I think businesses should have the right to do whatever they want. Just think how much money they could save if the government didnt force them to have fire exits, sprinkler systems, or maximum occupancy limits. All just to save a few lives. Its time for the nanny state to stop interfering in our lives, even if it means a few thousand innocent people die each year. Except for abortion... in that case big government is just fine.
( County) January 28, 2011, 8:20 am Thumbs Down report abuse
I look forward to the day when I can allow legal activities to take place in my private business without nanny staters stepping in and telling me how to run my business.
Redwine
(Fort Bend County) January 24, 2011, 10:38 am Thumbs Up report abuse
I live outside Houston in Sugar Land. Comprehensive smoking ordinances are spotty in outlying communities. I look forward to the day when my family can plan to dine at any nearby restaurant without being exposed to secondhand smoke. When we encounter smoking in restaurants now, we simply have to leave. Studies also show that comprehensive smoking legislation deters youth from starting to smoke. As a mother, I strongly support this legislation.
Texan4life
(Travis County) January 20, 2011, 8:00 am report abuse
I have was born and raised in Texas, and ever since I was a child, smoking was never a part of my household or social life. Knowing the side effects of smoking and being educated early in my life about the side-effects of smoke, I made conscience decisions not to smoke and avoid being around smoking environments. I believe that the individuals who have made the effort to be smoke-free, should not have to make decisions on where to work and which restaurant to go to based on if there is a smoke-free policy. If the entire state enforces a smoke-free policy, non-smokers will have a lower rate of second hand smoke exposure and healthcare costs for companies will decline. This policy would also result in fewer deaths caused by second hand smoke and for those who live smoke free lifestyles, they will not have to reap the consequences of someone else's decision to smoke.
( County) January 19, 2011, 9:25 am Thumbs Down report abuse
@Willisms - While you make a valid argument about an individual's right to smoke but not harm others, you failed to address the rights of the property owners. The interesting thing is you selectively choose when to apply the harm principle. "no one should be forcibly prevented from acting in any way he chooses provided his acts are not invasive of the free acts of others." You are forcibly preventing business owners from acting in a way they choose, even though allowing smoking in their establishments is not invasive of the free acts of others.
Melinda
(Harris County) January 17, 2011, 10:53 am report abuse
I live in the Houston area where all public places inside the city are smoke-free, but for those who live or work outside the city limits there is no law. It is time that our whole state has a statewide law that protects me and all other Texans from breathing toxic air when I go to a public place to eat or drink! I was in Colorado for the weekend and everywhere in the whole state is smoke-free. It was so fabulous to go out to a bar or restaurant in the small town we were staying and not have to suffer from all the smoke. Please pass this law this year.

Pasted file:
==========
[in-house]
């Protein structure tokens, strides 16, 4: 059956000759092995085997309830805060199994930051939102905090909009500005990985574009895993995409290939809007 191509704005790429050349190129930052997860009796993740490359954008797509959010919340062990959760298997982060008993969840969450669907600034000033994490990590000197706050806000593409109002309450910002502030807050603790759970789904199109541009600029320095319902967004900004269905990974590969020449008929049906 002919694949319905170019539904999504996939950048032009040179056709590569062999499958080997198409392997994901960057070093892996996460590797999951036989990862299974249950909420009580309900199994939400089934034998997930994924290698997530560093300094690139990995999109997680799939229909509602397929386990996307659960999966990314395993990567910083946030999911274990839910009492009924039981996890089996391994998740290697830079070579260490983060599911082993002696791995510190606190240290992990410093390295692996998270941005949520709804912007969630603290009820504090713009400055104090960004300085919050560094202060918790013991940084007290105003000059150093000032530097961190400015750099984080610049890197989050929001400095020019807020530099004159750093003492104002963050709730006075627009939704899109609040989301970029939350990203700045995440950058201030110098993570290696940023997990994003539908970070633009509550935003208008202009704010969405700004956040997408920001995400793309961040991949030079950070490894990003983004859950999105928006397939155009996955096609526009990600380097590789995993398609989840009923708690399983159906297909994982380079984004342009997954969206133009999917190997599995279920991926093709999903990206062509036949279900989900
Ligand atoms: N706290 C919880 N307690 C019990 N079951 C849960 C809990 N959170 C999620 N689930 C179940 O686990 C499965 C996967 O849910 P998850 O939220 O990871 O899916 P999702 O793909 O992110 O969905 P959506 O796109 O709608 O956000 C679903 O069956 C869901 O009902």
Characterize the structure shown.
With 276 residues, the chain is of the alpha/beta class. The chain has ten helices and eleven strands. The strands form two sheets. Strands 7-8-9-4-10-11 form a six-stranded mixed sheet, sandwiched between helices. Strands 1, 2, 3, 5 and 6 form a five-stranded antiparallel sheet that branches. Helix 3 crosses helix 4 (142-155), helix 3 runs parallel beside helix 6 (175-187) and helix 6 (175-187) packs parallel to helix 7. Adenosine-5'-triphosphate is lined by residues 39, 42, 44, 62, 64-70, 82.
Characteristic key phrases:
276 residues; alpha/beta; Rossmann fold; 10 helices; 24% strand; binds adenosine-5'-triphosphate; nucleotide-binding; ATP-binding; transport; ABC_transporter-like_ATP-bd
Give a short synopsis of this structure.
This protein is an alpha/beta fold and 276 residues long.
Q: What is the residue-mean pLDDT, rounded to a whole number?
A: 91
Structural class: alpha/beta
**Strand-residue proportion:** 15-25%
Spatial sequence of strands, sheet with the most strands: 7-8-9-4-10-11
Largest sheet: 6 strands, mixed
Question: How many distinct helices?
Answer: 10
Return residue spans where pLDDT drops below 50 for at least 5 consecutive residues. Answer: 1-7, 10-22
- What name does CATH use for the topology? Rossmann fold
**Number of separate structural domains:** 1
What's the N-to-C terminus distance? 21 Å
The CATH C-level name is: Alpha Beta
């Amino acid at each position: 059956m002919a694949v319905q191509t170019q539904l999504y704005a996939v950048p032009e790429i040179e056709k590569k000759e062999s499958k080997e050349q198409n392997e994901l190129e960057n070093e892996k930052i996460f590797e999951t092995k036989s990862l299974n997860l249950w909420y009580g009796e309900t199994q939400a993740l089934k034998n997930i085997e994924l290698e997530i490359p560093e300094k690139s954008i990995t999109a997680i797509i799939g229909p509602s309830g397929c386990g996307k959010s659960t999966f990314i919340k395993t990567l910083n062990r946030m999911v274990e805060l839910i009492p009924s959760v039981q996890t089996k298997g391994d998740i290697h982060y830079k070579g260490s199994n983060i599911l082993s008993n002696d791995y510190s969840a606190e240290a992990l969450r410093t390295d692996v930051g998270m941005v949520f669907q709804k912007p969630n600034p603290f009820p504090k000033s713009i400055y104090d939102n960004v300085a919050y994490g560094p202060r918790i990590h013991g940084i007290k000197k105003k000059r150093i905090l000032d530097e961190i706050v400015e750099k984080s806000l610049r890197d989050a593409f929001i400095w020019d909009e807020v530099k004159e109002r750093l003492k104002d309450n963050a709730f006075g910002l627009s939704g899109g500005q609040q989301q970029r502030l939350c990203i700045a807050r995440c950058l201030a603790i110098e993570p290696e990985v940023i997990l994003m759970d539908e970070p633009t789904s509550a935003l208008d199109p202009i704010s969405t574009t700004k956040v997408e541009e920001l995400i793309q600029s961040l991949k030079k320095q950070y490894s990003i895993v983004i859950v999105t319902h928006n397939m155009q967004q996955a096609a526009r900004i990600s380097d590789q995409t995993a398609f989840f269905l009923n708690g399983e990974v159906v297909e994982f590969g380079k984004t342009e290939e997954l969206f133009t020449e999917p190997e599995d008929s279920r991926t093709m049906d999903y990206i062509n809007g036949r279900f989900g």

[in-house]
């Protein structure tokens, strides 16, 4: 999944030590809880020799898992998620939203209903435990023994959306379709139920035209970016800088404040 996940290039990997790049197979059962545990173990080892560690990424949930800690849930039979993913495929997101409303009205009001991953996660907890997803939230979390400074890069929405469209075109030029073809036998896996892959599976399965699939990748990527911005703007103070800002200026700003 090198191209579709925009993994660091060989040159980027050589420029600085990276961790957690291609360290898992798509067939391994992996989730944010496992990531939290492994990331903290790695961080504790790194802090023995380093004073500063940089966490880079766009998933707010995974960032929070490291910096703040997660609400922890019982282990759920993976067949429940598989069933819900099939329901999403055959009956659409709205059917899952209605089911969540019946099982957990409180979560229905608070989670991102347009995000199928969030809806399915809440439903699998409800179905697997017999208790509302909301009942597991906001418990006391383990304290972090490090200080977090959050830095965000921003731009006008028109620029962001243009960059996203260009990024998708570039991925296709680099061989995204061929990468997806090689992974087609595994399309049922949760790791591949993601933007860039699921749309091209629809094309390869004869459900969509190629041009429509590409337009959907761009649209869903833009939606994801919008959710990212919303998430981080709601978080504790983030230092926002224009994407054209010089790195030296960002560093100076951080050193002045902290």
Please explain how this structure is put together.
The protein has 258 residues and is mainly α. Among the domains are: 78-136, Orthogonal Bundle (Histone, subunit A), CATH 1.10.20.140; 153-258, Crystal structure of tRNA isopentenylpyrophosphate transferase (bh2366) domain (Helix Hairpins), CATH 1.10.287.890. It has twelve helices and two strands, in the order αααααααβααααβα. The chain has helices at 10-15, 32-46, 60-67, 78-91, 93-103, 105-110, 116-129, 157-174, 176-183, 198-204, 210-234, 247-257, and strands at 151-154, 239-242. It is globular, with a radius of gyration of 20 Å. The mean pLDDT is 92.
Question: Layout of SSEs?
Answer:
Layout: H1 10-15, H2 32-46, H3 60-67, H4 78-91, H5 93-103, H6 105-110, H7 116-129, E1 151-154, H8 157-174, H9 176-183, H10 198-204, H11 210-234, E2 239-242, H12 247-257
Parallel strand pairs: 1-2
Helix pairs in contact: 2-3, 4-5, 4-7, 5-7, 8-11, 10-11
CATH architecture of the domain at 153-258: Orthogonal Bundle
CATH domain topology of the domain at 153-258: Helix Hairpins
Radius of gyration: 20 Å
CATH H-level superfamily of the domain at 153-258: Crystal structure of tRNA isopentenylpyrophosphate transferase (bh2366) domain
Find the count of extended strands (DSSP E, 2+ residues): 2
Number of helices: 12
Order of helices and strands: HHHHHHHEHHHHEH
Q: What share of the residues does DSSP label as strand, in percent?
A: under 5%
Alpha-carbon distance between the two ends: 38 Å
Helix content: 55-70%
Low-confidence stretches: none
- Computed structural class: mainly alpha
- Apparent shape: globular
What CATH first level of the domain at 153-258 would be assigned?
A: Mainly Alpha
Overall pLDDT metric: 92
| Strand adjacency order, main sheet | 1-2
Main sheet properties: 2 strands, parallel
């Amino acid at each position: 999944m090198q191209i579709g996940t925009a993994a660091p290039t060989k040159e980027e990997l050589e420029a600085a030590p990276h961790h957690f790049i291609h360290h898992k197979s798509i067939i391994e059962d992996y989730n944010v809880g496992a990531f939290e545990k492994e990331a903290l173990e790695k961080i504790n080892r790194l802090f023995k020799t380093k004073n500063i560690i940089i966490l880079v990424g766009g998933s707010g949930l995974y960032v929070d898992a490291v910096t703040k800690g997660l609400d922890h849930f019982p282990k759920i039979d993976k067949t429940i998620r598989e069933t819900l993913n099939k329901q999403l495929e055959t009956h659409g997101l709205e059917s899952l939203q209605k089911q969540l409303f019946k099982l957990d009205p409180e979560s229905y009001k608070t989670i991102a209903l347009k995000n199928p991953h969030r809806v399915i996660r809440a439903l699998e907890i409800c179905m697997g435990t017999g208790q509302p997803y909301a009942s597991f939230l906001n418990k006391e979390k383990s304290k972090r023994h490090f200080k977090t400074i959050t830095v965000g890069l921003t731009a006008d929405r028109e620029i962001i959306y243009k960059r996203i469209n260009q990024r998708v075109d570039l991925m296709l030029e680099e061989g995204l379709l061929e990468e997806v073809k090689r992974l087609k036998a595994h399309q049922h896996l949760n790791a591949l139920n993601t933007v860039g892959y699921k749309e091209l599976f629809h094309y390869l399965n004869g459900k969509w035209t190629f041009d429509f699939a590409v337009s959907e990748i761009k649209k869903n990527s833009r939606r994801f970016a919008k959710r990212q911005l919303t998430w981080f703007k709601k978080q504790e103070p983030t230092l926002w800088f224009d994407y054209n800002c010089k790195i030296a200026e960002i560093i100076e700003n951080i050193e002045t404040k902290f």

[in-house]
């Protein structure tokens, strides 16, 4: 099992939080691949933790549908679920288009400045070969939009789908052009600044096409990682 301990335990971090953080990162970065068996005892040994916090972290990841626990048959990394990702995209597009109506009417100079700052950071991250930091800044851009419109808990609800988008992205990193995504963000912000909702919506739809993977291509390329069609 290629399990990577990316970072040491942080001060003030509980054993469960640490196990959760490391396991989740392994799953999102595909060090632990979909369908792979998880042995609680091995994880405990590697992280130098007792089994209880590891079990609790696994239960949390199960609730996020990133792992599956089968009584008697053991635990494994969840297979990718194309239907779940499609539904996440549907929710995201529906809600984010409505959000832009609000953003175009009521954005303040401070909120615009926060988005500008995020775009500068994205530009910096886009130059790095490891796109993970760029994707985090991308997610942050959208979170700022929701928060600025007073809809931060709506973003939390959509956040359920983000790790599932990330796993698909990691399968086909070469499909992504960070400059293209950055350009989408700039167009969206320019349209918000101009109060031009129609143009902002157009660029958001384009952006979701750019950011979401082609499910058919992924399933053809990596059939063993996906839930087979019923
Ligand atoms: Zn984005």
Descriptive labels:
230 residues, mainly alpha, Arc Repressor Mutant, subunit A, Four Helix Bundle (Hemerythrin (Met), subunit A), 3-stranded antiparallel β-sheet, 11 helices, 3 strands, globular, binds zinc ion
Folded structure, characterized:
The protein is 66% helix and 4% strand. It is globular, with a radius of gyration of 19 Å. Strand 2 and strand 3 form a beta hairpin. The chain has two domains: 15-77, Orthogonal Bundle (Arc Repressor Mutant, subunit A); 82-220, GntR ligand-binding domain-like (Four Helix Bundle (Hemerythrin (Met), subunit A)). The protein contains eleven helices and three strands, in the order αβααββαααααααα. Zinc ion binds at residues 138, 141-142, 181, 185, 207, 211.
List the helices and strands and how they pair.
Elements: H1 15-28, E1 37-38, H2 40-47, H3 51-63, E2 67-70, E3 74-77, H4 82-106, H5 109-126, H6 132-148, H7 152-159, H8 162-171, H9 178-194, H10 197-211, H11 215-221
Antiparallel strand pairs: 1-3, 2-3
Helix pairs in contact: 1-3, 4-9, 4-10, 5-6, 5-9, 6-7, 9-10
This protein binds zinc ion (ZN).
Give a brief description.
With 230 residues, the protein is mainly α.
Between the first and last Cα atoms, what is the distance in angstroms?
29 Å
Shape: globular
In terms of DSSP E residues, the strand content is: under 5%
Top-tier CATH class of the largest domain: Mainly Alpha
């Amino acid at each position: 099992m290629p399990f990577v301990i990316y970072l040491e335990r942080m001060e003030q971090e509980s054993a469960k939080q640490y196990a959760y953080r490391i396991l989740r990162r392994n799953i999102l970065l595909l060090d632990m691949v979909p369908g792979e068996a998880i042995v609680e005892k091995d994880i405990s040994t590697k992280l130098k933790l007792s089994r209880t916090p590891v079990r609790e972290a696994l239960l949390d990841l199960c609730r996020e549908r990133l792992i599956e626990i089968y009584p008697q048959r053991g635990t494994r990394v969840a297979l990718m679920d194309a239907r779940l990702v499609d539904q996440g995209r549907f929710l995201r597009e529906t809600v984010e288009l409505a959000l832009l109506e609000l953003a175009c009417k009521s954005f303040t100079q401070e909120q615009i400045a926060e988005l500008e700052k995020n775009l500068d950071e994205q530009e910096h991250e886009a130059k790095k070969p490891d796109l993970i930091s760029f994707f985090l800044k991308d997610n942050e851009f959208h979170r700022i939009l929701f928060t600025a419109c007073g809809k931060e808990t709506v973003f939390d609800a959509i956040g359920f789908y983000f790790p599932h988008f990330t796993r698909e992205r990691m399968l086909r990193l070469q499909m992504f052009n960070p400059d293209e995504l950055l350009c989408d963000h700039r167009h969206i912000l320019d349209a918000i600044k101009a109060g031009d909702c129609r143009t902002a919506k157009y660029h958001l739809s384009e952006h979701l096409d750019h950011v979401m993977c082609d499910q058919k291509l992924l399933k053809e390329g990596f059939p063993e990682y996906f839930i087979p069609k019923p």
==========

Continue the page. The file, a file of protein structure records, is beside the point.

AlphaDog
(Travis County) January 17, 2011, 10:34 am Thumbs Up report abuse
As a small business owner I know well about the burden of government regulation. That said, I believe that the government has a responsibility to assure businesses provide as safe as possible environment for their employees and customers. When you look at the well-documented significant health risks of secondhand smoke and the fact that cigarettes would never have been allowed to be smoked indoors if we knew how toxic they were when they first came on the scene, it is an appropriate role for government to require smoke-free workplaces if a businesses owner chooses not to do so.
WILLisms
(Travis County) January 17, 2011, 9:50 am Thumbs Up report abuse
While the decision to smoke is an individual one, the right not to be harmed by the second-hand smoke of others is vital. Each year, more Texans (about 24,000) die from smoking-attributed illnesses than the deaths statewide from AIDS, heroin, cocaine, alcohol, car accidents, fire, and murder — combined. Smoke-free workplace laws in other states have been shown to have an immediate impact on these figures, saving lives and saving the state many, many millions of dollars in health care costs. There is a reason 2/3 or more of Texans in every single political and ideological group support a comprehensive smoke-free law in Texas. There's a reason the Texas Restaurant Association and restaurant-owning legislators supported this the last go-around. There's a reason the Texas Conservative Coalition Research Institute came out in favor of this the last go-around. There's a reason why hundreds of self-identified libertarians, TEA Party supporters, and members of groups like AFP-Texas, Empower Texans, and YCT are joi